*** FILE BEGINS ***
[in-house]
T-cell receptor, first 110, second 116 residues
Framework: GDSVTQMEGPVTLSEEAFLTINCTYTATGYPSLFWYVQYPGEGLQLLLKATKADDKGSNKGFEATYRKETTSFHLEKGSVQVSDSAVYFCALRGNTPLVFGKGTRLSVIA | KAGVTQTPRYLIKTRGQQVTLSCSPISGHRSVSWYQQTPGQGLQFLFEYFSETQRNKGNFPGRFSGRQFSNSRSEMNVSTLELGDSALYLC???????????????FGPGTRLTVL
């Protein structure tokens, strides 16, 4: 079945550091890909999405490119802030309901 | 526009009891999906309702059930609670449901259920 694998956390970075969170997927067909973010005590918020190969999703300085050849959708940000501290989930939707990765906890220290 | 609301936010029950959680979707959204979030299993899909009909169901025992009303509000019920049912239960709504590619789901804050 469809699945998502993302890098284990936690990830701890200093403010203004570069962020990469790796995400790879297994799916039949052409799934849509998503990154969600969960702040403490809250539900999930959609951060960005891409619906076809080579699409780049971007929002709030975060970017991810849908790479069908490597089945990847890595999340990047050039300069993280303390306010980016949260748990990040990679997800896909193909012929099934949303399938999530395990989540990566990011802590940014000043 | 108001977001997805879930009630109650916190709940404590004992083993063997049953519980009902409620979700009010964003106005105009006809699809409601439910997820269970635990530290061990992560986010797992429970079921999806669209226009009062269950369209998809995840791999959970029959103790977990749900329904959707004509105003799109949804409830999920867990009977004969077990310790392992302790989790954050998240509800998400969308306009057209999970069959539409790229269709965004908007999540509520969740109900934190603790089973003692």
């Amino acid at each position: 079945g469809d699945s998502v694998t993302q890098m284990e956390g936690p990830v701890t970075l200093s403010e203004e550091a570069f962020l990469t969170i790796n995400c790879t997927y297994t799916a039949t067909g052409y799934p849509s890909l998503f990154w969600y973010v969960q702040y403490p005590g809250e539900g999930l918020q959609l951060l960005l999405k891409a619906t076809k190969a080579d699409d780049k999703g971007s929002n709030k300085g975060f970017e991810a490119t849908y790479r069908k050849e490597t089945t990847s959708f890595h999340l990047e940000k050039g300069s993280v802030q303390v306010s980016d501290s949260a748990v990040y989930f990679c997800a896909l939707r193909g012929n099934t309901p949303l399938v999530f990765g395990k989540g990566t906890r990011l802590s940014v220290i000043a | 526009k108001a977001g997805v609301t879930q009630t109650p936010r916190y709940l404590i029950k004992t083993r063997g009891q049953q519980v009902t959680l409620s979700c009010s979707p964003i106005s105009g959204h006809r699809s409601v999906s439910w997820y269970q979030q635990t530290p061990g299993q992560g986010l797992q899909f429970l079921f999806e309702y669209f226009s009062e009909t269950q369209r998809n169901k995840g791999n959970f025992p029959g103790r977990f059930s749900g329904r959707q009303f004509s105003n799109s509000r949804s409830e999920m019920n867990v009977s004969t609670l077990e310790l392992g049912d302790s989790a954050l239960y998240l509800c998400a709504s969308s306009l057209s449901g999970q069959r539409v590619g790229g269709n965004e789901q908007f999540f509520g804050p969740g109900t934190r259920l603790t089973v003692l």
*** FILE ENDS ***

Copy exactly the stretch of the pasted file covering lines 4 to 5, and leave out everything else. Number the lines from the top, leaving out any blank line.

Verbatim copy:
């Protein structure tokens, strides 16, 4: 079945550091890909999405490119802030309901 | 526009009891999906309702059930609670449901259920 694998956390970075969170997927067909973010005590918020190969999703300085050849959708940000501290989930939707990765906890220290 | 609301936010029950959680979707959204979030299993899909009909169901025992009303509000019920049912239960709504590619789901804050 469809699945998502993302890098284990936690990830701890200093403010203004570069962020990469790796995400790879297994799916039949052409799934849509998503990154969600969960702040403490809250539900999930959609951060960005891409619906076809080579699409780049971007929002709030975060970017991810849908790479069908490597089945990847890595999340990047050039300069993280303390306010980016949260748990990040990679997800896909193909012929099934949303399938999530395990989540990566990011802590940014000043 | 108001977001997805879930009630109650916190709940404590004992083993063997049953519980009902409620979700009010964003106005105009006809699809409601439910997820269970635990530290061990992560986010797992429970079921999806669209226009009062269950369209998809995840791999959970029959103790977990749900329904959707004509105003799109949804409830999920867990009977004969077990310790392992302790989790954050998240509800998400969308306009057209999970069959539409790229269709965004908007999540509520969740109900934190603790089973003692």
């Amino acid at each position: 079945g469809d699945s998502v694998t993302q890098m284990e956390g936690p990830v701890t970075l200093s403010e203004e550091a570069f962020l990469t969170i790796n995400c790879t997927y297994t799916a039949t067909g052409y799934p849509s890909l998503f990154w969600y973010v969960q702040y403490p005590g809250e539900g999930l918020q959609l951060l960005l999405k891409a619906t076809k190969a080579d699409d780049k999703g971007s929002n709030k300085g975060f970017e991810a490119t849908y790479r069908k050849e490597t089945t990847s959708f890595h999340l990047e940000k050039g300069s993280v802030q303390v306010s980016d501290s949260a748990v990040y989930f990679c997800a896909l939707r193909g012929n099934t309901p949303l399938v999530f990765g395990k989540g990566t906890r990011l802590s940014v220290i000043a | 526009k108001a977001g997805v609301t879930q009630t109650p936010r916190y709940l404590i029950k004992t083993r063997g009891q049953q519980v009902t959680l409620s979700c009010s979707p964003i106005s105009g959204h006809r699809s409601v999906s439910w997820y269970q979030q635990t530290p061990g299993q992560g986010l797992q899909f429970l079921f999806e309702y669209f226009s009062e009909t269950q369209r998809n169901k995840g791999n959970f025992p029959g103790r977990f059930s749900g329904r959707q009303f004509s105003n799109s509000r949804s409830e999920m019920n867990v009977s004969t609670l077990e310790l392992g049912d302790s989790a954050l239960y998240l509800c998400a709504s969308s306009l057209s449901g999970q069959r539409v590619g790229g269709n965004e789901q908007f999540f509520g804050p969740g109900t934190r259920l603790t089973v003692l």